Increasingly it is cities and towns, rather than states or countries, that are being asked to take the lead in developing and implementing policies on everything from climate adaptation to addressing housing inequality to upgrading infrastructure. Yet historically, these smaller jurisdictions are ill-equipped to meet this challenge. In his new book, Start-Up City: Inspiring Private and Public Entrepreneurship, Getting Projects Done, and Having Fun, Gabe Klein tackles head-on all the things that impede the public sector from acting more nimbly: the perennial under-staffing, the weight of bureaucracy, legacy systems and regulation, and the often-adversarial relationship with the private sector.
Gabe Klein is a relentless advocate for making the built environment better, and in his keynote he will discuss how, by following certain basic principles, individuals can be true change agents, the private and public sectors can align their motives and goals around a shared vision for the future, and rapid change and disruption can be harnessed to make these places more livable, resilient and fun.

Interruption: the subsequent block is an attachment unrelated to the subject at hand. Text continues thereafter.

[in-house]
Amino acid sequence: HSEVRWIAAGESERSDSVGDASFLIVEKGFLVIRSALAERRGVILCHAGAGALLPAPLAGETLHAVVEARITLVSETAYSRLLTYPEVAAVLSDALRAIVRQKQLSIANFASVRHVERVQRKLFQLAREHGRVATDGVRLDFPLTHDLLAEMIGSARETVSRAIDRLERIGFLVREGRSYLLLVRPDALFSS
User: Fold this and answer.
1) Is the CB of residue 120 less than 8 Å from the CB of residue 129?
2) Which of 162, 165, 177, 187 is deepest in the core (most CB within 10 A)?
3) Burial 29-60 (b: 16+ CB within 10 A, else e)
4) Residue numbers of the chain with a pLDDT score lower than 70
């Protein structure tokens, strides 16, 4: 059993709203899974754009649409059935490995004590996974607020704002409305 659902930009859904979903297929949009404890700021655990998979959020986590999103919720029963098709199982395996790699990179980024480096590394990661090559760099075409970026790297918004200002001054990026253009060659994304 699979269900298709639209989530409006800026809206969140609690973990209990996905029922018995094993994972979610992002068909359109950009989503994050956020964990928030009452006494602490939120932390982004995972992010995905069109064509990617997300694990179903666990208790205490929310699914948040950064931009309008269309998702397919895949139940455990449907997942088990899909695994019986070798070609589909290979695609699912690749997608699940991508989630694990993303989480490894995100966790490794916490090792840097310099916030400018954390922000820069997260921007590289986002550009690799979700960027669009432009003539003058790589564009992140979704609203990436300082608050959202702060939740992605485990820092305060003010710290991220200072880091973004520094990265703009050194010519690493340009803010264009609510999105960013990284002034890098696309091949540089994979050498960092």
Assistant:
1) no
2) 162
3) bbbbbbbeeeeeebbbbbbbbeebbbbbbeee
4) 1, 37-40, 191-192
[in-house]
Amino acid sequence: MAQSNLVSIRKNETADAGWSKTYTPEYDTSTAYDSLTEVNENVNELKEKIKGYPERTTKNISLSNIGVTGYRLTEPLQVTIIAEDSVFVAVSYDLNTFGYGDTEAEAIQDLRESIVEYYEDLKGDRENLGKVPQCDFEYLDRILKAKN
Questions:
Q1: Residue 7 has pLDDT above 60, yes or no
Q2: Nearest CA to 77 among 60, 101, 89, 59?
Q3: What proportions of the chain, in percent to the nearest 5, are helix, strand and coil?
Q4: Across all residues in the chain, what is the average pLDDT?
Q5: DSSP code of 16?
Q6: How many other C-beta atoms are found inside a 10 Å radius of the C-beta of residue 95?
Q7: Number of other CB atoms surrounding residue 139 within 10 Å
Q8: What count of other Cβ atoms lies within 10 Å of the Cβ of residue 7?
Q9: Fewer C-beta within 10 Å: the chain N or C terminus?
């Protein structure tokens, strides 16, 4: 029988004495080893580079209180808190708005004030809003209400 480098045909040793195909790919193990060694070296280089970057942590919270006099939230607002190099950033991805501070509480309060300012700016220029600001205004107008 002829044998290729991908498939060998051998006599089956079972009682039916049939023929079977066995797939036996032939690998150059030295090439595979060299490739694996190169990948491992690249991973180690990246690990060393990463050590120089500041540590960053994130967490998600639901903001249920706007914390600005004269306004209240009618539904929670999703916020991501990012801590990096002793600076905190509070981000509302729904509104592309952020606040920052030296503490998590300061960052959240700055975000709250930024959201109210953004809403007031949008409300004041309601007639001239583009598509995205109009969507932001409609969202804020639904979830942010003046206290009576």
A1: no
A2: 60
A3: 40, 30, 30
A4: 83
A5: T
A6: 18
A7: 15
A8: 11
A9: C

Mr. Klein is the former director of the Chicago Department of Transportation under Mayor Rahm Emanuel and former director of the District Department of Transportation under then-Mayor Adrian M. Fenty. In Washington he launched Capital Bikeshare, the first large-scale bikeshare system in the country, and in Chicago he launched Divvy, now the largest bikeshare system in the country.
Before entering the public sphere, Mr. Klein worked for startups, including Zipcar, where he served as vice president for four years. He also wrote a business model for the first point-to-point car sharing concept and co-founded the first all-natural multi-unit food truck company in the United States. In 2015, Gabe joined Fontinalis Partners as a special venture partner on their new fund. He continues to advise a number of technology and mobility companies, including Transit Screen and Phone2Action, where he provides leadership on strategy. He is on the boards of the National Association of City Transportation Officials and the transportation website Streetsblog.